Microsoft generics, long thought-out and very carefully designed, improve on C++ templates in every way. I can say ‘every’ way now that these naming guidelines are in place.

  41. Geert Baeyaert says:

    This is great! I was already using exactly this convention for my own generic code.

    I’m usually very strict about following the guidelines, but this was one area where I felt very strongly that the guidelines were inappropriate, and that it was ok for me to deviate from them.

    Very happy to see this change.

  42. David Hodgson says:

    > How can you claim to know the thinking of

    > "most of the C++ community (in relation to

    > templates)" ?

    I did not claim to know anyone’s "thinking". I base that comment from my experience of about a decade of experience with templates, reviewing fellow programmer colleagues’ code, and at least a dozen books on template usage and algorithms over the years. While on the rare occasion I have encountered the exceptional programmer or book that used longer template names, single letter template names are by far the norm in my experience. Your experience may differ, but I can not comment on that.

    > Whoever first thought that single letters

    > were OK was wrong.

    Who are you to decide what is right or "wrong"?

    What is your criteria to determine right or "wrong"? Do you have any specific reasons to declare this first person "wrong"? Or do you not need reason to make such a summary judgement?

    > As regards tradition… we don’t want

    > tradition to stand in the way of progress.

    Who is "we"? Do you claim to know the thinking of others? Do you have any specific reasons to dismiss tradition? Or do you not need reason to backup your statements?

  43. Axon says:

    David, I’m not afraid to state that single-letters are wrong-headed because in my experience of using C++ templates, they’ve proved to be a nightmare. Unreadable code is the result. I’ve followed the arguments for/against single letters, and I’ve yet to see one good argument for their retention. I’ve soon loads of good arguments against their use.

    As regards the issue of tradition, instead of trying to answer all 4 of your questions, let me ask you a simple one… Do *you* want to let tradition to stand in the way of progress ?

    David, what I’d love you to do most of all is come up with a really good technical reason why single letters are preferable, over and above the "we’ve always done it that way" argument.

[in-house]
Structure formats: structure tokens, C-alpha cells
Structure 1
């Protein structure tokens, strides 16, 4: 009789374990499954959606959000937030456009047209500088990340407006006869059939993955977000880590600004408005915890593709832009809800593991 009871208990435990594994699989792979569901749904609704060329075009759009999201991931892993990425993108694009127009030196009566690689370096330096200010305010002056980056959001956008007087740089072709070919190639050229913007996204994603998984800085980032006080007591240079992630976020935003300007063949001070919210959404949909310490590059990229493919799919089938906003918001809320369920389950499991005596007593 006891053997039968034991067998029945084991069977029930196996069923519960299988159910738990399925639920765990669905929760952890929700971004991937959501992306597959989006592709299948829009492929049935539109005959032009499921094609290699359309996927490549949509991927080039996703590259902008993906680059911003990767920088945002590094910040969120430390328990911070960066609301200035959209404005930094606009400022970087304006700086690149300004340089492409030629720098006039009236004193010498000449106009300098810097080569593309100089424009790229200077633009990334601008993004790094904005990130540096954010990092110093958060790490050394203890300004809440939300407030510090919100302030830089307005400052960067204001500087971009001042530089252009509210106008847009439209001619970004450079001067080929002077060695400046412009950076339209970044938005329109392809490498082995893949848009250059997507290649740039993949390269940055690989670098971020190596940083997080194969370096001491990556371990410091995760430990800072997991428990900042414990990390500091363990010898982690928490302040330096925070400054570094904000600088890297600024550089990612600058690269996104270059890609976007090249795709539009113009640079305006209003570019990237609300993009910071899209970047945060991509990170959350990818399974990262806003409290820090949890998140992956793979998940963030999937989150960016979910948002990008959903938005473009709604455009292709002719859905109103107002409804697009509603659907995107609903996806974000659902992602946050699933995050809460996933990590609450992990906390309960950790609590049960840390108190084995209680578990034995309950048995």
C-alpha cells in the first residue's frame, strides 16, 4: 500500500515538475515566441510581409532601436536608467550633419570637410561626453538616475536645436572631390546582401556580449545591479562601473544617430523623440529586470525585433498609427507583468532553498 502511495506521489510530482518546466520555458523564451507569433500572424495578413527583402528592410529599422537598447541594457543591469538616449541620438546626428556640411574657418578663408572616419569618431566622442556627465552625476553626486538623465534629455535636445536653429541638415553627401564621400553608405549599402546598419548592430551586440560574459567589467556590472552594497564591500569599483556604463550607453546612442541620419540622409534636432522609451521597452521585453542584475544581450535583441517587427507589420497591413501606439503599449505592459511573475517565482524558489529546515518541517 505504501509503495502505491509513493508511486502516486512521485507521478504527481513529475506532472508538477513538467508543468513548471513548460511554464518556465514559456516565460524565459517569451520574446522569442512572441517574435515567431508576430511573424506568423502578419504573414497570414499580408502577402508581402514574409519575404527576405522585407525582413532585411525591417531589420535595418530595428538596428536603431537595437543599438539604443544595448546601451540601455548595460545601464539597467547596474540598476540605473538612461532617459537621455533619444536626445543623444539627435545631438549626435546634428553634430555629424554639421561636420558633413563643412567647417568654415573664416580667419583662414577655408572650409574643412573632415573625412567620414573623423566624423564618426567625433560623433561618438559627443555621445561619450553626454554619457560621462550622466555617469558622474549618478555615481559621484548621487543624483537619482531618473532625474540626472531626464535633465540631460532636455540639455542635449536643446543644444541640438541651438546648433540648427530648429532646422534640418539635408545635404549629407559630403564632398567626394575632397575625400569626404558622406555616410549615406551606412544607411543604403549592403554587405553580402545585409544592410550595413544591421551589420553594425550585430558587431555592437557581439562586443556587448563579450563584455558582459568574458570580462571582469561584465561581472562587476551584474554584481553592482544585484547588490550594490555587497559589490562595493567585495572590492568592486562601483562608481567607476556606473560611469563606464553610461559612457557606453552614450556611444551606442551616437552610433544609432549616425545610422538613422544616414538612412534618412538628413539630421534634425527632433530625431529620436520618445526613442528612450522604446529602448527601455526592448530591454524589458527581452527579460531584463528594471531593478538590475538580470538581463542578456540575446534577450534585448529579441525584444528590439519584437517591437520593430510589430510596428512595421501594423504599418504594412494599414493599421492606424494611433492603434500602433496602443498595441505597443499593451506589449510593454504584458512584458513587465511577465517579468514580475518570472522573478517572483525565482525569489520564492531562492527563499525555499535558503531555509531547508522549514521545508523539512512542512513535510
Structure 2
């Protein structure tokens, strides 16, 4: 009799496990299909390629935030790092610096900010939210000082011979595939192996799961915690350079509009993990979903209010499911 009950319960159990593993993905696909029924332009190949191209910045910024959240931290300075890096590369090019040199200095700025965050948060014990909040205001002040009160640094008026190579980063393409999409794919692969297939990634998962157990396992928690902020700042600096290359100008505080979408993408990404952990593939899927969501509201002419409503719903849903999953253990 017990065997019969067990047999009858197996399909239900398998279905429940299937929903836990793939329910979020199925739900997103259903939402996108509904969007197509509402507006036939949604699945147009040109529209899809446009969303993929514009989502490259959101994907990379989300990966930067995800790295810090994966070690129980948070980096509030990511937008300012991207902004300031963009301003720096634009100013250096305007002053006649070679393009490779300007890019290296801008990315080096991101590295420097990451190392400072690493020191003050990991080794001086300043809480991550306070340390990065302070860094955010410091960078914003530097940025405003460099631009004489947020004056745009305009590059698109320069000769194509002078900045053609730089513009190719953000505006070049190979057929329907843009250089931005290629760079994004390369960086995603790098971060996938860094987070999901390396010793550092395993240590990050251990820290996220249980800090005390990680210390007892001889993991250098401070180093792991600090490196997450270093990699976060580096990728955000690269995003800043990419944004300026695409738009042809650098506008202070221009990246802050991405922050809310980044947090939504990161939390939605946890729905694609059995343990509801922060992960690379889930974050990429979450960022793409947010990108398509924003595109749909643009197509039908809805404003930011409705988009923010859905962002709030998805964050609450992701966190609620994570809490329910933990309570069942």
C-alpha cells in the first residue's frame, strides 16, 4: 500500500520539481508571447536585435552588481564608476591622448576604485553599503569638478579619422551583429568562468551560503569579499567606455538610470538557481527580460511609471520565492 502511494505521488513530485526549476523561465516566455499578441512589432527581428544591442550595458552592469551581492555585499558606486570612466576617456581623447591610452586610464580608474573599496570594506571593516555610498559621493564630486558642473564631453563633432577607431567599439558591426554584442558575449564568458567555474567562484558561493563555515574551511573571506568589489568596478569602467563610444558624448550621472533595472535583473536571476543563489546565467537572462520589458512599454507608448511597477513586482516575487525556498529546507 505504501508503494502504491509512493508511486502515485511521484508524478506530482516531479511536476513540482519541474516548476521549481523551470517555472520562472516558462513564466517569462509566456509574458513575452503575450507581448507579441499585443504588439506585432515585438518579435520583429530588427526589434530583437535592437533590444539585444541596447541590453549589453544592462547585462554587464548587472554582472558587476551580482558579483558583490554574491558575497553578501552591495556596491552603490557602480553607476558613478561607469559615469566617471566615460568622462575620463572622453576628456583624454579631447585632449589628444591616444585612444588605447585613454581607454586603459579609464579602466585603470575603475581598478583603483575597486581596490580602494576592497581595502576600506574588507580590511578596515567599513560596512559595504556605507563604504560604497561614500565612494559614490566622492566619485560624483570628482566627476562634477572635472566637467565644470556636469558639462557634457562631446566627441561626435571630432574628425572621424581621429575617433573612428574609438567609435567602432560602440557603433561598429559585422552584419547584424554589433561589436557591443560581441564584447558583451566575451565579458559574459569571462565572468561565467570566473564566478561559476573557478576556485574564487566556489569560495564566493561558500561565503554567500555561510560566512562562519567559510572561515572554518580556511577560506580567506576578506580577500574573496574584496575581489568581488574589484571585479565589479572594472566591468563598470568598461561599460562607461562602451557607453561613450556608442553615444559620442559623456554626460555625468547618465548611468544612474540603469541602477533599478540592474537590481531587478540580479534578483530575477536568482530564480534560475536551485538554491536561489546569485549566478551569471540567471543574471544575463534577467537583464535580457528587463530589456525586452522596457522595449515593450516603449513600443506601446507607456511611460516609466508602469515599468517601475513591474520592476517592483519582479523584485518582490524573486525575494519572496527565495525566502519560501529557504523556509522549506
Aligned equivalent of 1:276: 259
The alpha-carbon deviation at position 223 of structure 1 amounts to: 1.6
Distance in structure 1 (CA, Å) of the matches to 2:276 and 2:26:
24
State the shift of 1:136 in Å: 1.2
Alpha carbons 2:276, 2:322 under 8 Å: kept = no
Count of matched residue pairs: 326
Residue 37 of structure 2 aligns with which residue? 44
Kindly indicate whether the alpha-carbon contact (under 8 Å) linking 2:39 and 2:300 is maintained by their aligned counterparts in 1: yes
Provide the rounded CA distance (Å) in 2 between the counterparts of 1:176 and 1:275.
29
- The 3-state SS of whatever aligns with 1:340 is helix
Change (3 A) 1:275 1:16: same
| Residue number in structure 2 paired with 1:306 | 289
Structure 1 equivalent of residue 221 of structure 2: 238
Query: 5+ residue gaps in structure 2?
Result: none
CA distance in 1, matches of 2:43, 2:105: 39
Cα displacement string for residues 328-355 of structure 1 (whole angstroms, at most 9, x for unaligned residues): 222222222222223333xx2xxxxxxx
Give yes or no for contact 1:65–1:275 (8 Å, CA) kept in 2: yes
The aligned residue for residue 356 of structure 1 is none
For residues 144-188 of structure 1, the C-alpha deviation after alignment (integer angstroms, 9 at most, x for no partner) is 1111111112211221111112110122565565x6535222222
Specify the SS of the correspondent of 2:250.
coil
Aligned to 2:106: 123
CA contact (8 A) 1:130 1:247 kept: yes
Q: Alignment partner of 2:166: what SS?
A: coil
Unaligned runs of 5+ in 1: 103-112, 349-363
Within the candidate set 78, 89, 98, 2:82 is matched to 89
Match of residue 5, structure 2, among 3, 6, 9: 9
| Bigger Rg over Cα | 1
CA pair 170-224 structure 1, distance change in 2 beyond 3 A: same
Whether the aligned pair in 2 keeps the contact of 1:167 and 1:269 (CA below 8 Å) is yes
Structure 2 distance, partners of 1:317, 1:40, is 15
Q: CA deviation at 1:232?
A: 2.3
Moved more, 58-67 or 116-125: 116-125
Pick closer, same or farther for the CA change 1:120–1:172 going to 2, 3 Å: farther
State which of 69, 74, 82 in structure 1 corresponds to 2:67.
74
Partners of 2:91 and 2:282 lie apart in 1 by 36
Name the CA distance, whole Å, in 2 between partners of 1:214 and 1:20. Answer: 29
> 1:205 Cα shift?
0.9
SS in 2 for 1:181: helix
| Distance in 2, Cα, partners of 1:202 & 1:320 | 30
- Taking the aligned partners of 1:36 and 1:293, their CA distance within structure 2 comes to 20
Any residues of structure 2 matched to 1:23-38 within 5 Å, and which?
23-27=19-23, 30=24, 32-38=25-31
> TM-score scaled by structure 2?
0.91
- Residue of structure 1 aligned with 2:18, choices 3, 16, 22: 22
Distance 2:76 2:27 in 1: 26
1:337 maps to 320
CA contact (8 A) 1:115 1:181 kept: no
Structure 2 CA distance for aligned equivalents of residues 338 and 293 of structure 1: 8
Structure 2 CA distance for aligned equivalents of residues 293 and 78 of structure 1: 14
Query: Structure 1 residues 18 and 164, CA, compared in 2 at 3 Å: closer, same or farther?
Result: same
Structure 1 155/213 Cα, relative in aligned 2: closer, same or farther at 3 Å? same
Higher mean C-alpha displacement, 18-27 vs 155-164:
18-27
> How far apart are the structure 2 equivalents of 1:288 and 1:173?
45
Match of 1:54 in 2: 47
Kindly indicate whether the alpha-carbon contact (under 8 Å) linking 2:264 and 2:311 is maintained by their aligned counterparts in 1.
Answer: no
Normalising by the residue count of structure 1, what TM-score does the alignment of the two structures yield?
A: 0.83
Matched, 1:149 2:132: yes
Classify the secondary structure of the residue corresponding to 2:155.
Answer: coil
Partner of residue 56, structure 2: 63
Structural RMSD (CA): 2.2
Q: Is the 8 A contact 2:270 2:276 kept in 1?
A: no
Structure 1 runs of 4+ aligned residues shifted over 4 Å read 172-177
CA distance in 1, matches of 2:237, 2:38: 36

44. David Hodgson says:

    > "…they’ve proved to be a nightmare.

    > Unreadable code is the result.

    "proved"?

    What is your evidence?

    Can you document this proof?

    It may be a nightmare to you, but it has not been for me. A single capital letter is an immediate hint to me that it represents a generic type parameter. With longer type names (not variables, mind you), it is not so immediately distinguishable. For this reason, the style that you suggest is not as readable.

    > I’ve followed the arguments for/against

    > single letters, and I’ve yet to see one

    > good argument for their retention. I’ve

    > soon loads of good arguments against

    > their use.

    Nor have I seen any convincing arguments for longer names. Perhaphs we will have to agree to disagree.

    > As regards the issue of tradition, instead

    > of trying to answer all 4 of your questions,

    > let me ask you a simple one… Do *you*

    > want to let tradition to stand in the way

    > of progress ?

    Instead of answering even a single one of the questions, you will brush them to the side and ask a new question? It is difficult to have a two-sided conversation with you when you continually ignore questions and omit your rational for statements.

    Nevertheless, I will try to answer your question. I do not see what you are trying to advance as "progress". Rather, I see it as just the opposite. I know of no convincing advantages to it. I listed one reason why it is less readable above. No, I do not think tradition is standing in the way; I think it was a good thing in the past and continues to be a good thing today as well. Nothing has changed nor should it.